News / Africa

UN Humanitarian Chief Seeks First-Hand Look at Congo Crisis

United Nations Under-Secretary-General for Humanitarian Affairs and Emergency Relief Coordinator for South Sudan, Valerie Amos, engages with local government officials and humanitarian aid workers in the village of Walgak, South Sudan on Thursday, Feb. 2,United Nations Under-Secretary-General for Humanitarian Affairs and Emergency Relief Coordinator for South Sudan, Valerie Amos, engages with local government officials and humanitarian aid workers in the village of Walgak, South Sudan on Thursday, Feb. 2,
x
United Nations Under-Secretary-General for Humanitarian Affairs and Emergency Relief Coordinator for South Sudan, Valerie Amos, engages with local government officials and humanitarian aid workers in the village of Walgak, South Sudan on Thursday, Feb. 2,
United Nations Under-Secretary-General for Humanitarian Affairs and Emergency Relief Coordinator for South Sudan, Valerie Amos, engages with local government officials and humanitarian aid workers in the village of Walgak, South Sudan on Thursday, Feb. 2,
Nick Long
KINSHASA—The United Nations’ top official for humanitarian affairs, Valerie Amos, is in the Democratic Republic of Congo for a three-day tour. She says she wants to see for herself how aid workers are coping with a growing humanitarian crisis in eastern provinces.  

Amos spent much of Monday talking to government officials in Kinshasa.  Tuesday, she flies to North Kivu province where fighting in the past three months has increased the already-large number of displaced people.

A spokesman for the U.N. Office for the Coordination of Humanitarian Affairs, Yvon Edoumou, says that since April around 275,000 people have been forced to flee their homes by fighting between the government and rebels in North Kivu province.  He said health services have been severely disrupted and many schools badly damaged.

"There are other issues of concern; for example the number of schools that have been either looted or destroyed or damaged as a result of fighting," said Edoumou. "We’re talking about around 258 schools which means that starting next year, the next school year, as many as 60,000 children could be out of school."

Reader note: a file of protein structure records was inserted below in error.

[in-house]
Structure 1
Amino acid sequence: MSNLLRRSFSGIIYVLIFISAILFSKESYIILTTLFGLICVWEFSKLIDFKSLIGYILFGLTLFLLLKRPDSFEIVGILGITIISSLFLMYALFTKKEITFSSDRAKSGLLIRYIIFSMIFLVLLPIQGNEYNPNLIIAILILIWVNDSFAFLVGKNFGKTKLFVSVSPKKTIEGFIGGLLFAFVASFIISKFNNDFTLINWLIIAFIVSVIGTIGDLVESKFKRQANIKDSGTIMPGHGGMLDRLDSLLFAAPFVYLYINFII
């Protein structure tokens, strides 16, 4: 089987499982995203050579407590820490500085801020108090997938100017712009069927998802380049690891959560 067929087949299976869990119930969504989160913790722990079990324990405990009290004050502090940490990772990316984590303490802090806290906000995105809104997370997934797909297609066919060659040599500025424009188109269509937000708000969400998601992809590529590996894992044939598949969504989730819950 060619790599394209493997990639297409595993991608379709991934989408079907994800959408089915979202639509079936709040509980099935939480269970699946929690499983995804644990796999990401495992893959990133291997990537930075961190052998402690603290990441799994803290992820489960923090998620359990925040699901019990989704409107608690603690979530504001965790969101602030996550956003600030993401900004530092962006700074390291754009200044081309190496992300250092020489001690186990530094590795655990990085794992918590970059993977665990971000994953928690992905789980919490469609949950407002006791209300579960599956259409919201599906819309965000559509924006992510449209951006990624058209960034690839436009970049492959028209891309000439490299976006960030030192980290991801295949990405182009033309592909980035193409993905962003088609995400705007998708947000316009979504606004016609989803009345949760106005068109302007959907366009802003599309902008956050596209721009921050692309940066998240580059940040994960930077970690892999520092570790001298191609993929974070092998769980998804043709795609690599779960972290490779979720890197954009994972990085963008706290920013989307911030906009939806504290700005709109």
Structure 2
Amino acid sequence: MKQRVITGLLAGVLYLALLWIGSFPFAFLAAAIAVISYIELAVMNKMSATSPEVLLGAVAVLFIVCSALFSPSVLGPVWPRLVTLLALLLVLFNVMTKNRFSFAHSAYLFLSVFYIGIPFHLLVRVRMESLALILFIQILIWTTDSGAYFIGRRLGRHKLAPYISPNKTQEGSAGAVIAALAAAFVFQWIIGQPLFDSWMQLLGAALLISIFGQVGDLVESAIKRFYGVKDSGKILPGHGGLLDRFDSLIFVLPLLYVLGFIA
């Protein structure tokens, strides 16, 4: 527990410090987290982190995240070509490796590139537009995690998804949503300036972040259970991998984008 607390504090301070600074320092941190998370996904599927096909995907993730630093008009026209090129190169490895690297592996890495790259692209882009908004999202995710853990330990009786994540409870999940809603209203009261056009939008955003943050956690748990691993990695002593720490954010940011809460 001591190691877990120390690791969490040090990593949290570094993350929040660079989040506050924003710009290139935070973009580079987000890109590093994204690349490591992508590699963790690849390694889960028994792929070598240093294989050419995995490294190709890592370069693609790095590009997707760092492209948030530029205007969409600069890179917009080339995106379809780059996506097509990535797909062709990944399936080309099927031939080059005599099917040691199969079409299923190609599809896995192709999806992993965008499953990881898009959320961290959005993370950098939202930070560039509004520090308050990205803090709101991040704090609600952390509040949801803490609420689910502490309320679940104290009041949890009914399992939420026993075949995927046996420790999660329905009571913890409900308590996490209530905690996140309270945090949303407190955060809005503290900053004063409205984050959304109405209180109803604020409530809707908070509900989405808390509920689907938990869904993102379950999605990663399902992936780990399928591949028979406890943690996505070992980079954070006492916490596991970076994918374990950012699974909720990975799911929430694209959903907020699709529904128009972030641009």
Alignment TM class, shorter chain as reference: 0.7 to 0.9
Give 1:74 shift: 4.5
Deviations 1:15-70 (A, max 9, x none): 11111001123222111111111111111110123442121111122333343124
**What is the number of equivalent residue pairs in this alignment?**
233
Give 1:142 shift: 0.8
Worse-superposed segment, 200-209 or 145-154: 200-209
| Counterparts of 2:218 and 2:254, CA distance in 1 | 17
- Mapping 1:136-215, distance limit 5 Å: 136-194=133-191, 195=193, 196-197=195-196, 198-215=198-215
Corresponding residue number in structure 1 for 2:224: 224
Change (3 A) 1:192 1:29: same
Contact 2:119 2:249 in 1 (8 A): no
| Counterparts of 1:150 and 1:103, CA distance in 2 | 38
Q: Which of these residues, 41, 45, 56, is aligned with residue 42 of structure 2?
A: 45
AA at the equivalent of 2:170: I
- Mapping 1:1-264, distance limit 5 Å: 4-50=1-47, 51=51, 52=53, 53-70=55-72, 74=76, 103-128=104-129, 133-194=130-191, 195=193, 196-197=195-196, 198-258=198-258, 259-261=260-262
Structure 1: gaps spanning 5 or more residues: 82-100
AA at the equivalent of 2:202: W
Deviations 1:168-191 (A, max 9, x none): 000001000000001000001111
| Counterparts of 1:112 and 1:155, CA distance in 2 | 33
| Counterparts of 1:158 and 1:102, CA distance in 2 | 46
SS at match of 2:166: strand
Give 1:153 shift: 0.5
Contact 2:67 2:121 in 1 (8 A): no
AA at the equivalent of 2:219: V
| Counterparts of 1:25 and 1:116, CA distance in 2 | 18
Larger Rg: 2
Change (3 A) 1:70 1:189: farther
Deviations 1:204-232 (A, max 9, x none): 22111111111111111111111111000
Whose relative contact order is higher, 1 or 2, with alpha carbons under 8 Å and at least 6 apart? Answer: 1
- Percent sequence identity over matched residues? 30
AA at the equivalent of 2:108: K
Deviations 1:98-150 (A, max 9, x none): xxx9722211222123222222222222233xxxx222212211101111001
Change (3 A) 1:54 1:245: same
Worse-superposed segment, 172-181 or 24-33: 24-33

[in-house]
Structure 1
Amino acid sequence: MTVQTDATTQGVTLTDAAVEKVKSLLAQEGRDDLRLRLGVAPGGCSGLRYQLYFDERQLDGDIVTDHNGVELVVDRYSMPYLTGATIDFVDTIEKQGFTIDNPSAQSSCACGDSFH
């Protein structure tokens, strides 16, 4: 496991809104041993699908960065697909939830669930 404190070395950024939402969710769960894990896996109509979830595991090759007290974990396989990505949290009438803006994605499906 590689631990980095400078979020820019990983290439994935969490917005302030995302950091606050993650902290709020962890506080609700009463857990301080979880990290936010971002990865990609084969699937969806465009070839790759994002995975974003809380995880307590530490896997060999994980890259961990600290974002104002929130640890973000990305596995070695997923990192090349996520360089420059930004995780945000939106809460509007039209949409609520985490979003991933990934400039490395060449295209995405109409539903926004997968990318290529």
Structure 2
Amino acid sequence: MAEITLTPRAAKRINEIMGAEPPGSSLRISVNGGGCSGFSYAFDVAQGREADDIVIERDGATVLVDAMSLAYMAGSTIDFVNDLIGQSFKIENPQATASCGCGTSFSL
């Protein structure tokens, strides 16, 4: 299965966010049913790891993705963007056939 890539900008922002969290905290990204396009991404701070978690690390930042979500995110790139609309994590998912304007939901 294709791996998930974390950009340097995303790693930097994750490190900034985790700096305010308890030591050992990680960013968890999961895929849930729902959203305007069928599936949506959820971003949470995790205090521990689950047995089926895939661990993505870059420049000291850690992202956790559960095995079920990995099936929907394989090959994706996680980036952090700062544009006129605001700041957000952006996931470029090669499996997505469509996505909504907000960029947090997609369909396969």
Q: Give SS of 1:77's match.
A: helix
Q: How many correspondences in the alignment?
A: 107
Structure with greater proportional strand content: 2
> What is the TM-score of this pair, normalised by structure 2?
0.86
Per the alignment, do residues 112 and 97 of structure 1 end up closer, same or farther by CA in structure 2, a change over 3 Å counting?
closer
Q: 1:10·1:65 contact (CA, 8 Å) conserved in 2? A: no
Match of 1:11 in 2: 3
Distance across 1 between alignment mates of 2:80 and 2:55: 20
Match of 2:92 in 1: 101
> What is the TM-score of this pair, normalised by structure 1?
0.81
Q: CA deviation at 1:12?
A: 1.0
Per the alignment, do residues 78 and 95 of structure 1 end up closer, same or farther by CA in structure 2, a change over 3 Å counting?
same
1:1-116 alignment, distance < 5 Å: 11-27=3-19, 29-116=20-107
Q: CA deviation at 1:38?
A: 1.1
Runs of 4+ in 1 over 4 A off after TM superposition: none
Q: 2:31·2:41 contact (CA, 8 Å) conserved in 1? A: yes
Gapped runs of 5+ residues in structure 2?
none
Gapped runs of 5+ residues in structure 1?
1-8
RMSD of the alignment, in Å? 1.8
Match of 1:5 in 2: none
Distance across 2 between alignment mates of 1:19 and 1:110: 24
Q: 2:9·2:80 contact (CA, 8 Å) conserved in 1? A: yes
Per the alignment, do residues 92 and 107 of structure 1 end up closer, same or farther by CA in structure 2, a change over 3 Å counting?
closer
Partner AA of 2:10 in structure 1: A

He said the damage to schools was due to a combination of factors, including armed groups looting schools and displaced people squatting in them.

The U.N. and NGOs have appealed for a total of $791 million for humanitarian aid to the DR Congo this year, but they are a long way from securing that funding.

"Now as of today we’re at about 41, 42 percent of what we would like to have, so we are eight months into the year and we’re not yet at 50 percent and that is not boding well for us," he said. "So there is a funding crisis and [that is] part of the reason that Mrs. Amos is here, is to raise that concern.

The majority of displaced people appear to have reached camps or makeshift sites where they can get some food aid and shelter.  But Edoumou admits that aid workers can’t reach everyone.

"It’s clear that there are a number of displaced people who, because they may still be living in the bush, may not be receiving help," he said. "But all the NGOs and agencies, particularly WFP, the main food agency, have maintained operations distributing aid throughout the province to all those camps."

Insecurity has forced two health agencies to abandon operations in Walikale district, but otherwise Edoumou said aid workers are carrying on in North Kivu.  He acknowledges, however, that workers have to think more about security when deciding where they can go.

You May Like

Photogallery Americans Celebrate Thanksgiving With Feasts, Festivities

Holiday traditions include turkey dinners, 'turkey trots,' American-style football and New York parade with giant balloons More

Video For Obama, Ferguson Violence is a Personal Issue

With two years left in term, analysts say, president has less to lose by taking conversation on race further More

Video Italian Espresso Expands Into Space

When Italian astronaut Samantha Cristoforetti headed for the ISS, her countrymen worried how she would survive six months drinking only instant coffee More

This forum has been closed.
Comments
     
There are no comments in this forum. Be first and add one

Featured Videos

Your JavaScript is turned off or you have an old version of Adobe's Flash Player. Get the latest Flash player.
To Make A Living, Nairobi Street Vendors Face Legal Hurdles, Physical Violencei
X
Lenny Ruvaga
November 27, 2014 7:05 PM
The Nairobi City Council has been accused of brutality in dealing with hawkers in the Central Business District - in order to stop them from illegally selling their wares on the streets. Lenny Ruvaga has more for VOA News from the Kenyan capital.
Video

Video To Make A Living, Nairobi Street Vendors Face Legal Hurdles, Physical Violence

The Nairobi City Council has been accused of brutality in dealing with hawkers in the Central Business District - in order to stop them from illegally selling their wares on the streets. Lenny Ruvaga has more for VOA News from the Kenyan capital.
Video

Video For Obama, Ferguson Violence is a Personal Issue

Throughout the crisis in Ferguson, Missouri, President Barack Obama has urged calm, restraint and respect for the rule of law. But the events in Ferguson have prompted him to call — more openly than he has before — for profound changes to end the racism and distrust that he believes still exists between whites and blacks in the United States. VOA White House correspondent Luis Ramirez reports.